Eye Movement Desensitization and Reprocessing

What is EMDR?

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By Natalie Stamper, Psy.D

Coming to terms with adverse times in life is not an easy feat when taking it on alone. Eye Movement Desensitization and Reprocessing (EMDR) is a therapeutic technique that helps relieve post-traumatic stress (PTSD), depression, anxiety, panic attacks, eating disorders, and addiction. While pain from the past is a vital part of personal development, painful thoughts and memories do not have to remain as a cause of stress forever. It is okay to retain strong negative emotions about something from the past, but allowing it to remain a hindrance to wellness can quickly become a problem. This is where EMDR comes in.

In essence, EMDR entails utilizing REM-based eye-movements when thinking about traumatic memories to aid in processing trauma. One’s recollection of an event does not change; however, one’s perception does. Instead of feeling fearful or weak due to an event, one can feel confident or strong for surviving it (EMDR Institute). The process of EMDR starts with a review of one’s history and healing process. From there, specific memories are chosen and recollected in detail, going all the way to the physical sensations experienced in these memories. Periodically the therapist will ask the subject to identify emotions felt regarding these memories; over time, the sense of distress should fade away (Gotter).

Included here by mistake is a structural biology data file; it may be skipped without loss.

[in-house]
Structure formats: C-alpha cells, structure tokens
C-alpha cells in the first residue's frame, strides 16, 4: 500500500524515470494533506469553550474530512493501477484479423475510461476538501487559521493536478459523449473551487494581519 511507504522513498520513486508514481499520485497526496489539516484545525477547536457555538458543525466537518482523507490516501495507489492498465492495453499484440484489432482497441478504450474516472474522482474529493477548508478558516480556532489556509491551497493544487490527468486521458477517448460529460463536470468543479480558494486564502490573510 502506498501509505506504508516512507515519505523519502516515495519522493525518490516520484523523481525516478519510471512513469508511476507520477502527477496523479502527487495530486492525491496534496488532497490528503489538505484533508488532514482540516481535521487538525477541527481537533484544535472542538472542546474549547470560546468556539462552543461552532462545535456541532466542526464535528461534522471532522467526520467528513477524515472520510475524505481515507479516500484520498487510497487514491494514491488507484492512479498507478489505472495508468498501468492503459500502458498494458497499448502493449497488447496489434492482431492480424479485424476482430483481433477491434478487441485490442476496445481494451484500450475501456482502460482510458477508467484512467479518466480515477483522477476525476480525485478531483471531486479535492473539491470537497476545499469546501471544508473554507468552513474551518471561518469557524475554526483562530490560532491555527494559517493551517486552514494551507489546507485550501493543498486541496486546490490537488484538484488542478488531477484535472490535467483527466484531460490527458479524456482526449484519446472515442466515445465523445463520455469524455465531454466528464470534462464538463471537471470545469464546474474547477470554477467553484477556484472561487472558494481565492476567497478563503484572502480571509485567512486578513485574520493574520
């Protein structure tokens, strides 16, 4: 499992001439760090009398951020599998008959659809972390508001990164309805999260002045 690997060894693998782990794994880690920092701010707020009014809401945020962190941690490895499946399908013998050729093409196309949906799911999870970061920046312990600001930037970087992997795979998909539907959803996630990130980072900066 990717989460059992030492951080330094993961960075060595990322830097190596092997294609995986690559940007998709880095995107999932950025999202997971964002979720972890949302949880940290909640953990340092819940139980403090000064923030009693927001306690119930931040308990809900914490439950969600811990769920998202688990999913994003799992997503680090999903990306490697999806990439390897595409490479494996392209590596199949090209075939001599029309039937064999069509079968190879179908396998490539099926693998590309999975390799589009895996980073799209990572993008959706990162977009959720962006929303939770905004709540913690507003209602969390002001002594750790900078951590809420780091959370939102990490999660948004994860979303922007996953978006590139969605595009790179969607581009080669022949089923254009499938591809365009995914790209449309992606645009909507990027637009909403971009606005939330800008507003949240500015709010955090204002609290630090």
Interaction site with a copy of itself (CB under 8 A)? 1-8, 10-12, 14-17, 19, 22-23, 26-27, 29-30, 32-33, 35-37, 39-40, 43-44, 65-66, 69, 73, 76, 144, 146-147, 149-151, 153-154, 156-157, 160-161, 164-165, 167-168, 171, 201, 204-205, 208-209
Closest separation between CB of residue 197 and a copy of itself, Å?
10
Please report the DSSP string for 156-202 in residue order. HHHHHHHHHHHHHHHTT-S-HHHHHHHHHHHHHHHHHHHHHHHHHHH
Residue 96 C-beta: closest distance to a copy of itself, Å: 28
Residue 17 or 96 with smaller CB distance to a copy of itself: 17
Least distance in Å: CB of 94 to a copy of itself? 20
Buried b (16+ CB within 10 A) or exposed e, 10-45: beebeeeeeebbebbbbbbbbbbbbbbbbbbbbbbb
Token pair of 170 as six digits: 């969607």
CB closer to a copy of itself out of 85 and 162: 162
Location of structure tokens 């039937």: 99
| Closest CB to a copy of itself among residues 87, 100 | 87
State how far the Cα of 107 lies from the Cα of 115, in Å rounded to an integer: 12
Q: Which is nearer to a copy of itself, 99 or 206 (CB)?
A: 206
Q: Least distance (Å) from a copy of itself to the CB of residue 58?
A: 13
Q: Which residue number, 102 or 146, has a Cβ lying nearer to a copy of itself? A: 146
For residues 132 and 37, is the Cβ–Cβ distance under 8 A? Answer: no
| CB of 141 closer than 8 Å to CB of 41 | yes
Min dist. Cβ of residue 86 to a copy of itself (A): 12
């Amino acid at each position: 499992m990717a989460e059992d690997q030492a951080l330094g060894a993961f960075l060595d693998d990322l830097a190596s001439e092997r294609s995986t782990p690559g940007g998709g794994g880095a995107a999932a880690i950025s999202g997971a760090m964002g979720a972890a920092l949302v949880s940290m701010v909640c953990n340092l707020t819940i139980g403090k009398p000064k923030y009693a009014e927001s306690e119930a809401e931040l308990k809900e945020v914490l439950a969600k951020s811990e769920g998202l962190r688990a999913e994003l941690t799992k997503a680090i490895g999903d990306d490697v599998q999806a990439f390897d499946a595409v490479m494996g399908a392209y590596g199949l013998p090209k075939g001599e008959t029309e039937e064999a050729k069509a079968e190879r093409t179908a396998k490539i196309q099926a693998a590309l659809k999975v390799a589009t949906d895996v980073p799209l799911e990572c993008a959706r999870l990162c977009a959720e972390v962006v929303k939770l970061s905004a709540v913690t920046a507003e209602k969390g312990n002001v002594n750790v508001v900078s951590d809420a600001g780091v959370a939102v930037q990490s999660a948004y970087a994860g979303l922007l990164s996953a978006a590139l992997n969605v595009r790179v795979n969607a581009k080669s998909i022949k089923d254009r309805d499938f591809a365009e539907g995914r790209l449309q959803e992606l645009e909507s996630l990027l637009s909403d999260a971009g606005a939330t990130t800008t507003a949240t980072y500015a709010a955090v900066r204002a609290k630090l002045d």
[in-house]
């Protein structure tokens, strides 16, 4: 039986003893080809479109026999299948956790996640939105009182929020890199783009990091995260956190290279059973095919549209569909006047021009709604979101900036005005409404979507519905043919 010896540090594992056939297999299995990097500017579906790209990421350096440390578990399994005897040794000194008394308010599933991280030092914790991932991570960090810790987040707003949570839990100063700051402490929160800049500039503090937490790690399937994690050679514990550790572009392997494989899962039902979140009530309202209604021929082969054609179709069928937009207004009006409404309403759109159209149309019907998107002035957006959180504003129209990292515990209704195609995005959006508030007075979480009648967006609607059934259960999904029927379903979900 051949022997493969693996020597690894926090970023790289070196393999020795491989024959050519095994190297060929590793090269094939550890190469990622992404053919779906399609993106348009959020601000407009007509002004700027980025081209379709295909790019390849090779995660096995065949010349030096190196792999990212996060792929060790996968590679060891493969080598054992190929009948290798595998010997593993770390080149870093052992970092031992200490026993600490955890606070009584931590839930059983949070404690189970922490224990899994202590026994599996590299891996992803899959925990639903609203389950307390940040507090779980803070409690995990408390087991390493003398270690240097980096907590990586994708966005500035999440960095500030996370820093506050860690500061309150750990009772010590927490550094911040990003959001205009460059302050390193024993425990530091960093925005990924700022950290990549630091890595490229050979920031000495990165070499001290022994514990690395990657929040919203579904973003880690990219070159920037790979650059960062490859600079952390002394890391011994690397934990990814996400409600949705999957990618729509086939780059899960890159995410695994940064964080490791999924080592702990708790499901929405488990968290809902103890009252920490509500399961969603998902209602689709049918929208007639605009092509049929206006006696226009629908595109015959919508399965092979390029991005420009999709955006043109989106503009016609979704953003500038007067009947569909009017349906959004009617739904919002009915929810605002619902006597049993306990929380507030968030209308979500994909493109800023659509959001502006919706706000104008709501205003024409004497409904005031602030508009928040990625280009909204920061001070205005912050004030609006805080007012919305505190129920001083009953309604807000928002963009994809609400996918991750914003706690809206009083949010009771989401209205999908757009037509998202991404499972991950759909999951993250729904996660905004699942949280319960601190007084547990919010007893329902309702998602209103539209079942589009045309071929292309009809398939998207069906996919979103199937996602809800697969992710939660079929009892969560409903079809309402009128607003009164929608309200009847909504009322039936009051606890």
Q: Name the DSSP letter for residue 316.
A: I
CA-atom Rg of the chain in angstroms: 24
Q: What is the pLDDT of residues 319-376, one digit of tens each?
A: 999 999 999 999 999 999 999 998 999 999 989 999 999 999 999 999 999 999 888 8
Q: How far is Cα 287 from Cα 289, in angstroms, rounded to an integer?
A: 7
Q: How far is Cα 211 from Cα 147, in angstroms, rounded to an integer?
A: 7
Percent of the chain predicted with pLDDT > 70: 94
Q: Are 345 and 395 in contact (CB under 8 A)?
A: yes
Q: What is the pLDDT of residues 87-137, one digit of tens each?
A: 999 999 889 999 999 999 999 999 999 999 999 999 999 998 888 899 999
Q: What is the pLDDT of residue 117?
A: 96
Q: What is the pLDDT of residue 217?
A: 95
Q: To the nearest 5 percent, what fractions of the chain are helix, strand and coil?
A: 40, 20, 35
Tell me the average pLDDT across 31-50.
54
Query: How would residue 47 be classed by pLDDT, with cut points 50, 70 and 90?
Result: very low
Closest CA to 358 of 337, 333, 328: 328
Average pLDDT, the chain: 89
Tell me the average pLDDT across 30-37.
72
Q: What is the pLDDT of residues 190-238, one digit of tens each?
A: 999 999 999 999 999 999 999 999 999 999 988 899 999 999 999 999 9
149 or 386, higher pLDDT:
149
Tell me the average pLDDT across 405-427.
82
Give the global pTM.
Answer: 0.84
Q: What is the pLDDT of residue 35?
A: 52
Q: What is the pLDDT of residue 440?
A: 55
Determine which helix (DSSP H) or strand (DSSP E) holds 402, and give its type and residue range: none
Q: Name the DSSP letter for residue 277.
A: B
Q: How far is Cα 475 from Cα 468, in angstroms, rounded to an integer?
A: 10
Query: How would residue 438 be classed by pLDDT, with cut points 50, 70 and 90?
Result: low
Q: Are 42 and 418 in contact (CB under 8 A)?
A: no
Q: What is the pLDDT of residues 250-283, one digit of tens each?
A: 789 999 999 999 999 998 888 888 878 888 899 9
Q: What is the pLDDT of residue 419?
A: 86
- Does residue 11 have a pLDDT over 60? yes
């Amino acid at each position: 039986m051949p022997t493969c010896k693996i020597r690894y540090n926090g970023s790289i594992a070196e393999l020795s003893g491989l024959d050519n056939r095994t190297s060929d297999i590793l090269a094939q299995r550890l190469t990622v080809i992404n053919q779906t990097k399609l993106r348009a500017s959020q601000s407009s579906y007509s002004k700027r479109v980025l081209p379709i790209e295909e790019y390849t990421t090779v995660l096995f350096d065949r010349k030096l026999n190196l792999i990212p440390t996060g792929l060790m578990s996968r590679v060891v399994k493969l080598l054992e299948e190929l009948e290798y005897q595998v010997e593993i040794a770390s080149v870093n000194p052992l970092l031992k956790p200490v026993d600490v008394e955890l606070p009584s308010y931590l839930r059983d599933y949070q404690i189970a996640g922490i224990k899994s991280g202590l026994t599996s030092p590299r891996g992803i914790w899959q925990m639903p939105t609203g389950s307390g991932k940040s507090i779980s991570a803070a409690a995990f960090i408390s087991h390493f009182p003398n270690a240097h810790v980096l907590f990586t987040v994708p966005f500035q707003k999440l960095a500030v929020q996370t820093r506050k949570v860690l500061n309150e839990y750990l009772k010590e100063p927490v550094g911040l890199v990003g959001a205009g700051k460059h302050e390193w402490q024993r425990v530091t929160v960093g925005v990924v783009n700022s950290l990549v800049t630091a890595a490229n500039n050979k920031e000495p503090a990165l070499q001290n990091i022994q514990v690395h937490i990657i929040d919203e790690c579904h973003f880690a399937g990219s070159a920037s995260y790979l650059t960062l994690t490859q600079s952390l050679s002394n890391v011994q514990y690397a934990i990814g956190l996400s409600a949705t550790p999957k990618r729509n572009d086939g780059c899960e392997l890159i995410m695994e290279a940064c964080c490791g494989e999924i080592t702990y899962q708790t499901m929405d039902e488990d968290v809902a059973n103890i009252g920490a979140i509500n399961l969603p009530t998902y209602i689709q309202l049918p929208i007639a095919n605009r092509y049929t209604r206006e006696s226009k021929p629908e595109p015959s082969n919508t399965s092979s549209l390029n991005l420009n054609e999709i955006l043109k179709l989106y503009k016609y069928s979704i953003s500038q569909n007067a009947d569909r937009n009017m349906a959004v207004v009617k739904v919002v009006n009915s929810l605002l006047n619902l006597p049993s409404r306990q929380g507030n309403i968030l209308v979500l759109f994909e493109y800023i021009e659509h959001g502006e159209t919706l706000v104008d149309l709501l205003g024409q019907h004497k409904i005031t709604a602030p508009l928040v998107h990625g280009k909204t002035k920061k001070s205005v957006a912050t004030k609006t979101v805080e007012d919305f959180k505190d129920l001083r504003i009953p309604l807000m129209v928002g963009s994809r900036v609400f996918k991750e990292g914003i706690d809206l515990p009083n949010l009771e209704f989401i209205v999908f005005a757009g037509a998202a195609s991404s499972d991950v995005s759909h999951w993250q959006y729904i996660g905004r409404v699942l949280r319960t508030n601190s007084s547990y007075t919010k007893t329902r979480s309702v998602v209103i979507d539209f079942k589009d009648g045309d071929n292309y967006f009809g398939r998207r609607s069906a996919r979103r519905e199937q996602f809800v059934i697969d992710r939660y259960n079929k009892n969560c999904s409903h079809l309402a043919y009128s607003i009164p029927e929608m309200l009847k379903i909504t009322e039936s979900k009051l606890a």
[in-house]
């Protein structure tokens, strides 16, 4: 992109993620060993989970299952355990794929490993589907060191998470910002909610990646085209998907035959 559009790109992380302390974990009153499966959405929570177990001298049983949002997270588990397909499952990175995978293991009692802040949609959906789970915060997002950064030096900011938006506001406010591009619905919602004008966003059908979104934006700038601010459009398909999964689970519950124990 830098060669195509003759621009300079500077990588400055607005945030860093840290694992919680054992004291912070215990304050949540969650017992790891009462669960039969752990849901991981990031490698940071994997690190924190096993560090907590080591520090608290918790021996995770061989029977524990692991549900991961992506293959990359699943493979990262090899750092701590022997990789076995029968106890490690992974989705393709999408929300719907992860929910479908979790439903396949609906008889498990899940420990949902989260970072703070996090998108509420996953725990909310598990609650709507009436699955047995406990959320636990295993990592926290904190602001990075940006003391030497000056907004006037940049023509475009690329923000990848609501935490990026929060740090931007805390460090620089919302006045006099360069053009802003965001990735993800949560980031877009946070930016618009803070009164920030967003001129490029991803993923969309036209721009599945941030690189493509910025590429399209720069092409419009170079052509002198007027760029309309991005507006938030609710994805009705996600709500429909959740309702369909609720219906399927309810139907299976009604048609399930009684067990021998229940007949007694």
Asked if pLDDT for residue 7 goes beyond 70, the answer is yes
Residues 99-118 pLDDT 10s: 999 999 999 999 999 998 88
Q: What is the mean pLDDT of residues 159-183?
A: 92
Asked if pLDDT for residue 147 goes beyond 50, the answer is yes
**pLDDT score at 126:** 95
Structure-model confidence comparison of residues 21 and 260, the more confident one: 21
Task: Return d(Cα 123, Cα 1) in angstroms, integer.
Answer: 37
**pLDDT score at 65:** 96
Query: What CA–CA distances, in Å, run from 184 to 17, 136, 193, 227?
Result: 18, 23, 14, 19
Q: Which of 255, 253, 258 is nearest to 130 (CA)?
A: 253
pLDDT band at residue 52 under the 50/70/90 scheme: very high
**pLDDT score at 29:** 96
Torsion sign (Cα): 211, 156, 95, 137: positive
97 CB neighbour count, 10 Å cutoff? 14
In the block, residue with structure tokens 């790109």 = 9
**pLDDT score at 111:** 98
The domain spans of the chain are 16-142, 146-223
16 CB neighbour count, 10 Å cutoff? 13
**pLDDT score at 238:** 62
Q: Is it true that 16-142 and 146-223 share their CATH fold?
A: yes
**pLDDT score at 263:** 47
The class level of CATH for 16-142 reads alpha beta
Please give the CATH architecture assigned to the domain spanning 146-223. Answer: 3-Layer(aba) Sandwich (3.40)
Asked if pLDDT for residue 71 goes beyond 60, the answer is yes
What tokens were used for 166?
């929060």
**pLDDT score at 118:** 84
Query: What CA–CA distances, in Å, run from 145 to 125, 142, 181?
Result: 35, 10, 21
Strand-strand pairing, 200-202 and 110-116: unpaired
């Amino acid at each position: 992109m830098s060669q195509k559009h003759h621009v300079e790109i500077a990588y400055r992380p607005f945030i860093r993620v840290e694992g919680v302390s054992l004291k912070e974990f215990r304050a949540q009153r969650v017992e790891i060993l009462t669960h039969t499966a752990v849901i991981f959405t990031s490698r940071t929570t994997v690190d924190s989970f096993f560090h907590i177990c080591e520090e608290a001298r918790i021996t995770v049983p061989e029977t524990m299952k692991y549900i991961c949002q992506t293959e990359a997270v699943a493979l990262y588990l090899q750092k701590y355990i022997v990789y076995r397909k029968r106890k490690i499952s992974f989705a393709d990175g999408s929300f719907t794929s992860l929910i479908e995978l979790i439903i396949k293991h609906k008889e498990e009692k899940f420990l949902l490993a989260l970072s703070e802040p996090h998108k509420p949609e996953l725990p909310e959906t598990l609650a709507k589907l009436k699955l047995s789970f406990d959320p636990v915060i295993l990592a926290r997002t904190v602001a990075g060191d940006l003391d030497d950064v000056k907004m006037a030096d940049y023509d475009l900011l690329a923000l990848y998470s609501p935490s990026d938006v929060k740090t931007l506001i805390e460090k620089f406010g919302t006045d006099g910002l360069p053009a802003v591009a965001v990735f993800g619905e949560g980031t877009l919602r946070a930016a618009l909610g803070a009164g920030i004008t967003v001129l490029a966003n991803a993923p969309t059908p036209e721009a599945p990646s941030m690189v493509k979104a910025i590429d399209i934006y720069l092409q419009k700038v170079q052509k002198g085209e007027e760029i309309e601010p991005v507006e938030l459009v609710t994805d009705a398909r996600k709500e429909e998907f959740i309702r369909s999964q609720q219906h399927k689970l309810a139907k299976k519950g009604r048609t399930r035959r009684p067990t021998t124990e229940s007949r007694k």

Progress will constantly be evaluated throughout this process. EMDR has been found to significantly reduce PTSD symptoms in the long term with the added benefit of lacking the side effects that come with prescribed medicine. EMDR has a relatively low dropout rate and has not been found to worsen PTSD symptoms during treatment (Gotter).

EMDR is a powerful tool to further one’s wellness by prompting one to process their traumas and gain a more positive outlook on life. While difficult times cannot always be avoided, it is one’s mindset and attitude that allow for growth. There is no need to forget negative experiences, but rather remember them for what they are: the past. The past does not have to hinder anyone indefinitely. It is just as possible to use the past as a source of strength instead of a weakness.


References

Gotter, Ana. “What You Need to Know About EMDR Therapy.” Healthline, Healthline Media, 15 July 2019, www.healthline.com/health/emdr-therapy.

“What Is EMDR?: EMDR Institute – EYE MOVEMENT DESENSITIZATION AND REPROCESSING THERAPY.” EMDR Institute, Inc., EMDR Institute, Inc., www.emdr.com/what-is-emdr/.

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